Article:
The translator Daniel Alarcón says in his introduction, “Her vision is acute, detailed, remorseless, and true. There is no self-pity, only wonder, and that tone, so delicate and subtle, is perhaps the book’s greatest achievement.”

I quote others because I am utterly bamboozled. How does she do it? She starts in a one-room hovel in San Christóbal in Bogatá, where she lives with her sister Helena, a boy she calls Piojo, and a woman—apparently unrelated to her—called María who terrifies her. Immediately we are oh-so-carefully walking with her to the garbage heap carrying the brimming bedpan, their only toilet, tiny Emma’s sickening daily chore. The garbage heap is where all the children play and—once the bedpan is emptied and wiped out—the scene of an imaginative game the children play.

There is no hint of self pity, no complaint about having only two sets of clothes—everyday and Sunday best—and four pieces of furniture. When María goes away with Piojo, she locks the sisters inside the hovel. “The bedpan filled up. . . so we started using the large serving plate. The neighbor came by only once a day and left us a big pot of porridge . . . We cried and screamed so much that the neighbors came to the door to try and console us.”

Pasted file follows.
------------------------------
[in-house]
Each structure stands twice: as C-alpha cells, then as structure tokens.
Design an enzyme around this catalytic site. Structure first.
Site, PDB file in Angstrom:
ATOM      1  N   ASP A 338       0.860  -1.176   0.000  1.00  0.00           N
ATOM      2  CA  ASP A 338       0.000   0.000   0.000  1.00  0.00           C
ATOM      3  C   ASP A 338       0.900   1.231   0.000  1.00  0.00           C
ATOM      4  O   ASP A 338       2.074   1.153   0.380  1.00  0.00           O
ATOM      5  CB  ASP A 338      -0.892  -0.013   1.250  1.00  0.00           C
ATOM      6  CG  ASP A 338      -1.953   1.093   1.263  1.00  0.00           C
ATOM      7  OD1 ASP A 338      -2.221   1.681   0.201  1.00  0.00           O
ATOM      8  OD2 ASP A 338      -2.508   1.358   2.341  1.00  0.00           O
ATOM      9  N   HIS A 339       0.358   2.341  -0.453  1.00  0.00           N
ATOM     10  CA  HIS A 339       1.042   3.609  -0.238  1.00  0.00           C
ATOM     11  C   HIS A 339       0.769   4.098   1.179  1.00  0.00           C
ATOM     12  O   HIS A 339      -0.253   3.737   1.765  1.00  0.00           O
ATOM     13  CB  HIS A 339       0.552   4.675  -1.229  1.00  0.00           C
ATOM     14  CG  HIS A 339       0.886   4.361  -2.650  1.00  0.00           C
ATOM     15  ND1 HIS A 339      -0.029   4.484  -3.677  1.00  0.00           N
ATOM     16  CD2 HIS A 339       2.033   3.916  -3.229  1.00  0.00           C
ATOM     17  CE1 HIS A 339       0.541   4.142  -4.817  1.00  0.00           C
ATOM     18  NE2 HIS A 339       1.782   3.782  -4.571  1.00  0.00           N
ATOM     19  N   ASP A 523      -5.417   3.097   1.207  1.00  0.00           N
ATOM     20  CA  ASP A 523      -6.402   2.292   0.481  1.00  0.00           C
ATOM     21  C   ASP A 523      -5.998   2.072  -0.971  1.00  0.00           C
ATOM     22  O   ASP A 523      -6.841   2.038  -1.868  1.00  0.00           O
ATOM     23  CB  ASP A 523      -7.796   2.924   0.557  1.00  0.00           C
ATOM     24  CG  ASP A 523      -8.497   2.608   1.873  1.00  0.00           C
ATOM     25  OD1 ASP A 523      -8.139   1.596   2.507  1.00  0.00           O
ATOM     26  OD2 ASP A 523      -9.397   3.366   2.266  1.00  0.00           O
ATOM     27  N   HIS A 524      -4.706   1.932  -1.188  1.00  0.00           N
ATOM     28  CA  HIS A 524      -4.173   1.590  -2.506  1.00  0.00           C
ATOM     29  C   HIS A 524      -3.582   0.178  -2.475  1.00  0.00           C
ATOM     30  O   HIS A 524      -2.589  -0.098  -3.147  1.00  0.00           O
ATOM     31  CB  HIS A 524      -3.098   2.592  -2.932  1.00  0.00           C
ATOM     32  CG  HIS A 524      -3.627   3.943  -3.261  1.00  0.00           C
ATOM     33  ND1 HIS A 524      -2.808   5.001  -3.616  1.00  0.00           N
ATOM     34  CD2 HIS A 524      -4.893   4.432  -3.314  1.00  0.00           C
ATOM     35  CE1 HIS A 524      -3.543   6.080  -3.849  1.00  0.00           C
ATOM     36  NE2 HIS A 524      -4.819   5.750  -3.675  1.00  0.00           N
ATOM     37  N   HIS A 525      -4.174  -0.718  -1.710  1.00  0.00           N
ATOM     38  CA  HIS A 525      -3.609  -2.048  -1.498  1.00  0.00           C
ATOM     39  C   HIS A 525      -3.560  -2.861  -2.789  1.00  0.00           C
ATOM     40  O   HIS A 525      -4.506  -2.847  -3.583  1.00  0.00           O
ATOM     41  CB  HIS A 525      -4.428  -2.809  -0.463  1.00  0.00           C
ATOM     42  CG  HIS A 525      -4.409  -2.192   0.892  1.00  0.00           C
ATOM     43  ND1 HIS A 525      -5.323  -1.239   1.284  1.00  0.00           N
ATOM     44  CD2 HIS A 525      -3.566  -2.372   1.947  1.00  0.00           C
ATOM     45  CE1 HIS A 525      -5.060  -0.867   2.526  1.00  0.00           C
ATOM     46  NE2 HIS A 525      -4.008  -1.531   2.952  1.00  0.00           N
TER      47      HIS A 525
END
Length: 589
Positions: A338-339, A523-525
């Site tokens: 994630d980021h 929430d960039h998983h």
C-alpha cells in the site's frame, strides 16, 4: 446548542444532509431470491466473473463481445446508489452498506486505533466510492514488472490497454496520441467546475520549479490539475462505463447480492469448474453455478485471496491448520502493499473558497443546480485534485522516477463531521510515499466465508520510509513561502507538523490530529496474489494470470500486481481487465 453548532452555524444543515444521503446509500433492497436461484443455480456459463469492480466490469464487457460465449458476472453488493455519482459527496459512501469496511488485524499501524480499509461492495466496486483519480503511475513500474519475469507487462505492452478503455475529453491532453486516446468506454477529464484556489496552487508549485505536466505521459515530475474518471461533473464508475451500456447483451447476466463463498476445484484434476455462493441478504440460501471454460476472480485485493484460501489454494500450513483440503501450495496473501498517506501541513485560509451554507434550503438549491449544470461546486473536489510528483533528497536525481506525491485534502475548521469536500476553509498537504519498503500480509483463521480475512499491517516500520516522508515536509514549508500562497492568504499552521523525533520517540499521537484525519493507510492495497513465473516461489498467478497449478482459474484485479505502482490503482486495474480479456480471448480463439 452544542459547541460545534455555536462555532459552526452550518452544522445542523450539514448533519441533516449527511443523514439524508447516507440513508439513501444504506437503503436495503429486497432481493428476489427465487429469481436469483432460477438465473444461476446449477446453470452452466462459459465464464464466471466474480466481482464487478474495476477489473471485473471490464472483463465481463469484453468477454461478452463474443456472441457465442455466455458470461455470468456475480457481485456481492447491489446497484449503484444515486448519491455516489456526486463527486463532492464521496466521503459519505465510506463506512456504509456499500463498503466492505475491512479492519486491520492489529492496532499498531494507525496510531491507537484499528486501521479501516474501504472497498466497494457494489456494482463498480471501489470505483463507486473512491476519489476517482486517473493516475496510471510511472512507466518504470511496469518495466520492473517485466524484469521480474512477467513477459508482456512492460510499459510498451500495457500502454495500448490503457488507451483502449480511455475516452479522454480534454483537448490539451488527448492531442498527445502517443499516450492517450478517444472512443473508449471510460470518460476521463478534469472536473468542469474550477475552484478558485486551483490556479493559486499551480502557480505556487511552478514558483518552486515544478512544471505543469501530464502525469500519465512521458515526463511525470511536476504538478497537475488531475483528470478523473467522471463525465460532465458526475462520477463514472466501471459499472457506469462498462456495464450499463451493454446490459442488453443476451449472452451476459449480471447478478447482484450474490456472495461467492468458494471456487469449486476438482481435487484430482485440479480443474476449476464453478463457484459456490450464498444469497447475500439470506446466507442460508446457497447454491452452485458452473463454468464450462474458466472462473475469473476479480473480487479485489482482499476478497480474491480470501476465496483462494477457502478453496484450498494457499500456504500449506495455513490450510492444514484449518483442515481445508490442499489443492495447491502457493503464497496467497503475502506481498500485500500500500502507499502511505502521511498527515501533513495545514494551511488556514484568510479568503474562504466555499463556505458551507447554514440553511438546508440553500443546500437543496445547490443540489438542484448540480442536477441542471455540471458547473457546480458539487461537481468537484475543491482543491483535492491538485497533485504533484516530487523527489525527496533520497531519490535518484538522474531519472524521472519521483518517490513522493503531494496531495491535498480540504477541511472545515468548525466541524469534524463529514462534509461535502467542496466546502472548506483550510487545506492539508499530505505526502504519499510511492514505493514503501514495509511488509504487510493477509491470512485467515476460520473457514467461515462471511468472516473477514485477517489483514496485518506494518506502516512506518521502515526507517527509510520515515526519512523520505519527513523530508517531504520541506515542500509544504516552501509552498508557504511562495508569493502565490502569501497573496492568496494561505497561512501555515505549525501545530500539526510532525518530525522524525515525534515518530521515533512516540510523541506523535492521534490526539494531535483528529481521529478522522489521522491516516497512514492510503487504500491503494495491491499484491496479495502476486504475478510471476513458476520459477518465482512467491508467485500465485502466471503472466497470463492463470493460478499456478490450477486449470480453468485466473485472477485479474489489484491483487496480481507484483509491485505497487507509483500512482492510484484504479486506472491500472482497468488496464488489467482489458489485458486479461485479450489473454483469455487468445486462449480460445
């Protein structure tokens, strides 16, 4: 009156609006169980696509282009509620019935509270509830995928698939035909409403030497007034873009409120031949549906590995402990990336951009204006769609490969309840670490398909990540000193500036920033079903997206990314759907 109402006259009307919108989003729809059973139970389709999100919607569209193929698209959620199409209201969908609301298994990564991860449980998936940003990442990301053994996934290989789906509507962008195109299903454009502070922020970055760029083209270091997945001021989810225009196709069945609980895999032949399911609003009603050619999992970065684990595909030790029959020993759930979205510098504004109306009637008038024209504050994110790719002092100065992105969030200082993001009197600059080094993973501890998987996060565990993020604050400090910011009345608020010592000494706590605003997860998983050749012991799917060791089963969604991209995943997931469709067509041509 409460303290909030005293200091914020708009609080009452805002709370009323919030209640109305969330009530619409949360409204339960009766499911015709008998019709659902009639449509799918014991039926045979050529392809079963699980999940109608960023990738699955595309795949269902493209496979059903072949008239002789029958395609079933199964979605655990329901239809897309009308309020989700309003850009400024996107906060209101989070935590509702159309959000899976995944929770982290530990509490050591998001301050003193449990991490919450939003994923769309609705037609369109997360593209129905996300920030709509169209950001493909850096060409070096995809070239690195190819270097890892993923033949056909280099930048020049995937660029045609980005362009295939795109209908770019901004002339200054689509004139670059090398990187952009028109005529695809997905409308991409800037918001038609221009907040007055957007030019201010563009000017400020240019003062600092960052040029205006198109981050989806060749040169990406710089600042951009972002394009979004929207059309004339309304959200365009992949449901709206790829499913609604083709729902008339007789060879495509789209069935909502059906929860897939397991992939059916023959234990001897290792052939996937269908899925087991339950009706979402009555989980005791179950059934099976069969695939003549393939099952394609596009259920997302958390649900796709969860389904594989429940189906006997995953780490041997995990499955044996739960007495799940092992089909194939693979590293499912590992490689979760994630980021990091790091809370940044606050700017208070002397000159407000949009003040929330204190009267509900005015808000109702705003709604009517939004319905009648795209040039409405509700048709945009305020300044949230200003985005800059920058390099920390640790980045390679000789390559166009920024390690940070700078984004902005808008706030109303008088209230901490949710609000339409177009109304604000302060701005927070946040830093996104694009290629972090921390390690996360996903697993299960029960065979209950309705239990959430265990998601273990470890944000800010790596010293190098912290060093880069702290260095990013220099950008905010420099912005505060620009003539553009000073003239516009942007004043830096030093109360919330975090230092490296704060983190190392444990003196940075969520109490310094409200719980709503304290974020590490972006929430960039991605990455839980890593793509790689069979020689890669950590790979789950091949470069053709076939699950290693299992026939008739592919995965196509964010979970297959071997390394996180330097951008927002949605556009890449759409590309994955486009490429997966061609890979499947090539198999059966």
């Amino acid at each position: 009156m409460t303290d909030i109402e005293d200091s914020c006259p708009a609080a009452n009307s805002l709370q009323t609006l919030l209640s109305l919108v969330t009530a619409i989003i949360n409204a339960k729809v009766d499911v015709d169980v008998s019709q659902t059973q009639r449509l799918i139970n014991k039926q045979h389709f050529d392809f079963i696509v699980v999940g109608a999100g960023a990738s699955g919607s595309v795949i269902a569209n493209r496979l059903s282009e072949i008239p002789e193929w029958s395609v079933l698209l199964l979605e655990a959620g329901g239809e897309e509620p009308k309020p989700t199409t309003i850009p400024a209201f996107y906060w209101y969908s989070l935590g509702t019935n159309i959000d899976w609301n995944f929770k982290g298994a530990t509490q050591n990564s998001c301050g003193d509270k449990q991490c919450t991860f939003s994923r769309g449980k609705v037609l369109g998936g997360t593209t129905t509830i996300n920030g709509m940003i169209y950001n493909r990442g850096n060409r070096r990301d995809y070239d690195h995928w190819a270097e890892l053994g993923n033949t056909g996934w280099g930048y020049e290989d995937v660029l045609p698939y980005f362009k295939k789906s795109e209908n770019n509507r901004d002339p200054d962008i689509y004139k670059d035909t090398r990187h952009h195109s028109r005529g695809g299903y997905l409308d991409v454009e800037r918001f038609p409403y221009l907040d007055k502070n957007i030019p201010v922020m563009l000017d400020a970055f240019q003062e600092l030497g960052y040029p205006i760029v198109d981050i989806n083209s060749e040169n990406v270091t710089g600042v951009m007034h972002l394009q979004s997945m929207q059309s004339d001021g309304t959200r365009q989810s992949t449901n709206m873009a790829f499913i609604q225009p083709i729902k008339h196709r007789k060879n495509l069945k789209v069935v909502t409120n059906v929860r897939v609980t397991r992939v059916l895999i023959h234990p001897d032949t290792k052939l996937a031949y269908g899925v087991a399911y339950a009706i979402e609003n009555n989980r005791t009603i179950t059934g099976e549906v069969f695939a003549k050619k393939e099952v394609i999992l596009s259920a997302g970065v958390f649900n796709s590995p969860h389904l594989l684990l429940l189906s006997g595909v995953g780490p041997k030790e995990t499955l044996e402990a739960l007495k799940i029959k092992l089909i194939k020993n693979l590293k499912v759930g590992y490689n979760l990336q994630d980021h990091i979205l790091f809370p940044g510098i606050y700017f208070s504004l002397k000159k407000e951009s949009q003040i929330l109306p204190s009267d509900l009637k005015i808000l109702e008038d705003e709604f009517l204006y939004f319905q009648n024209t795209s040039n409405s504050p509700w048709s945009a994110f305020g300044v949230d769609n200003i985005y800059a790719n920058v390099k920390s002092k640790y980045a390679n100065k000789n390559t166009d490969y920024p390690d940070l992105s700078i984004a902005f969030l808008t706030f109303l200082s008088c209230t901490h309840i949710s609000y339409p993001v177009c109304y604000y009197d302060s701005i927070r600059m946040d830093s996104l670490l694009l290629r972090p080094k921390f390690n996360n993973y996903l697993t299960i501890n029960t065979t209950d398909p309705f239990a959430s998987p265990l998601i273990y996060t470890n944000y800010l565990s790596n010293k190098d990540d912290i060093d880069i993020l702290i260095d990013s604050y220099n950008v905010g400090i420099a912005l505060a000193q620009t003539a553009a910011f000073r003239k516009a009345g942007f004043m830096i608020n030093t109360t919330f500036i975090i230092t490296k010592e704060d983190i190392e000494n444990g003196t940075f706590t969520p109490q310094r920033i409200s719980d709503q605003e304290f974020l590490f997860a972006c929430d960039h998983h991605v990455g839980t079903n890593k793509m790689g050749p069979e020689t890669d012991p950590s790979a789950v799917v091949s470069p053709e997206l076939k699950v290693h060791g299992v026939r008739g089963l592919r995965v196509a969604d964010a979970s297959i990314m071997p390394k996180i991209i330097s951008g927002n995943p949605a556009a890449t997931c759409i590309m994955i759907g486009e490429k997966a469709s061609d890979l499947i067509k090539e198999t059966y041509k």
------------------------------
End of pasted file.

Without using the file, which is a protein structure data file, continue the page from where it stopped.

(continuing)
Only the beginning of Reyes’s trials, yet each is narrated in this matter-of-fact way. I could not look away. I could not stop reading. The second half of the book takes place in a convent, where she and her sister are taken in after being abandoned at a railway station. Reyes describes the nuns so precisely, and the mix of terror, mind-numbing work, rare kindness, and childish playfulness are so vivid that you can’t help but feel you, too, have experienced life at this convent too.

It seems impossible that a child could be so resilient as to emerge from such a childhood with the courage and endurance to face all the griefs and successes that still lay in wait for Reyes. I wish she’d written more letters to cover all those years.

This is the most powerful memoir I’ve read in years. In his introduction, Daniel Alarcón says that he came to this book when

. . .a stranger literally pressed it into my hands at the Bogatá Book Fair in 2014.
“You must read this,” she said. “You have to.”
Now I urge the same of you.

As I do of you. Read this book!

What memoir have you read that made you feel you’d lived that life?

Best books I read in 2018

Best books I read in 2018

As a writer, I learn something from every book I read. These are the ten best books I read in 2018. Please check the links to the blog archive for a fuller discussion of each book.

1. Reservoir 13, by Jon McGregor
This unusual and remarkable book is the story of a village in the Peak District and its surrounding countryside. It’s a story about time, stretching over 13 years with each chapter covering a single year of the village’s life. This is not a book to rush through. It is a book to savor.

2. Waking, by Eva Figes